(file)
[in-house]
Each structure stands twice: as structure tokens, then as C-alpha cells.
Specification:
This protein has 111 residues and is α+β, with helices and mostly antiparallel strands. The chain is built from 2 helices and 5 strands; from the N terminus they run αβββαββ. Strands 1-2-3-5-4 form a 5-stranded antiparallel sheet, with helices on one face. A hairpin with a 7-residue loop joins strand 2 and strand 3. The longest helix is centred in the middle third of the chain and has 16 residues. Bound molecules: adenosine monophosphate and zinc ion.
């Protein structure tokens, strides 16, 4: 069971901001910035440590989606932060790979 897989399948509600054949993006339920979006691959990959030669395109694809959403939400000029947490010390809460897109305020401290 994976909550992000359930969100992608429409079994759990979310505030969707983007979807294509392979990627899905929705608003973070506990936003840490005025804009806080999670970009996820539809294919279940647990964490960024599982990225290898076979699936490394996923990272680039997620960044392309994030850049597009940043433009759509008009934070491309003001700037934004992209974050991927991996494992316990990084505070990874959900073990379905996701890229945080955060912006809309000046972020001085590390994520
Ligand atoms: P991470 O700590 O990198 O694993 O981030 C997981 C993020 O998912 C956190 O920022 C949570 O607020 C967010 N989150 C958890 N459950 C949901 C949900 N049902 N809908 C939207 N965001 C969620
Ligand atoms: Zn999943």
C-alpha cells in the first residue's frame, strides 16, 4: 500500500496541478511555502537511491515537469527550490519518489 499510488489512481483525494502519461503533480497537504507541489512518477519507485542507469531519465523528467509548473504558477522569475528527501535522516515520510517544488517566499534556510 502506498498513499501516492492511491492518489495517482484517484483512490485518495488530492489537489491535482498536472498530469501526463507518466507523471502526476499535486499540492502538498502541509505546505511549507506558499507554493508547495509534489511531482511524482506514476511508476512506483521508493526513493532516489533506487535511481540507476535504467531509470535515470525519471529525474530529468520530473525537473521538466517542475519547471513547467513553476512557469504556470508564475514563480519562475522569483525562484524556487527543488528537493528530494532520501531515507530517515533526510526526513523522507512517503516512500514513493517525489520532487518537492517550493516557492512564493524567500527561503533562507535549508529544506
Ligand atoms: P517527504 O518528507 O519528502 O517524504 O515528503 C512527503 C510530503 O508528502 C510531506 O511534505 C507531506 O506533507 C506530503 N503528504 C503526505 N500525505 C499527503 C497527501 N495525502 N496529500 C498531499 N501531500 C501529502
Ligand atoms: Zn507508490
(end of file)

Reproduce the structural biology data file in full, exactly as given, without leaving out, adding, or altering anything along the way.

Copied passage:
[in-house]
Each structure stands twice: as structure tokens, then as C-alpha cells.
Specification:
This protein has 111 residues and is α+β, with helices and mostly antiparallel strands. The chain is built from 2 helices and 5 strands; from the N terminus they run αβββαββ. Strands 1-2-3-5-4 form a 5-stranded antiparallel sheet, with helices on one face. A hairpin with a 7-residue loop joins strand 2 and strand 3. The longest helix is centred in the middle third of the chain and has 16 residues. Bound molecules: adenosine monophosphate and zinc ion.
């Protein structure tokens, strides 16, 4: 069971901001910035440590989606932060790979 897989399948509600054949993006339920979006691959990959030669395109694809959403939400000029947490010390809460897109305020401290 994976909550992000359930969100992608429409079994759990979310505030969707983007979807294509392979990627899905929705608003973070506990936003840490005025804009806080999670970009996820539809294919279940647990964490960024599982990225290898076979699936490394996923990272680039997620960044392309994030850049597009940043433009759509008009934070491309003001700037934004992209974050991927991996494992316990990084505070990874959900073990379905996701890229945080955060912006809309000046972020001085590390994520
Ligand atoms: P991470 O700590 O990198 O694993 O981030 C997981 C993020 O998912 C956190 O920022 C949570 O607020 C967010 N989150 C958890 N459950 C949901 C949900 N049902 N809908 C939207 N965001 C969620
Ligand atoms: Zn999943």
C-alpha cells in the first residue's frame, strides 16, 4: 500500500496541478511555502537511491515537469527550490519518489 499510488489512481483525494502519461503533480497537504507541489512518477519507485542507469531519465523528467509548473504558477522569475528527501535522516515520510517544488517566499534556510 502506498498513499501516492492511491492518489495517482484517484483512490485518495488530492489537489491535482498536472498530469501526463507518466507523471502526476499535486499540492502538498502541509505546505511549507506558499507554493508547495509534489511531482511524482506514476511508476512506483521508493526513493532516489533506487535511481540507476535504467531509470535515470525519471529525474530529468520530473525537473521538466517542475519547471513547467513553476512557469504556470508564475514563480519562475522569483525562484524556487527543488528537493528530494532520501531515507530517515533526510526526513523522507512517503516512500514513493517525489520532487518537492517550493516557492512564493524567500527561503533562507535549508529544506
Ligand atoms: P517527504 O518528507 O519528502 O517524504 O515528503 C512527503 C510530503 O508528502 C510531506 O511534505 C507531506 O506533507 C506530503 N503528504 C503526505 N500525505 C499527503 C497527501 N495525502 N496529500 C498531499 N501531500 C501529502
Ligand atoms: Zn507508490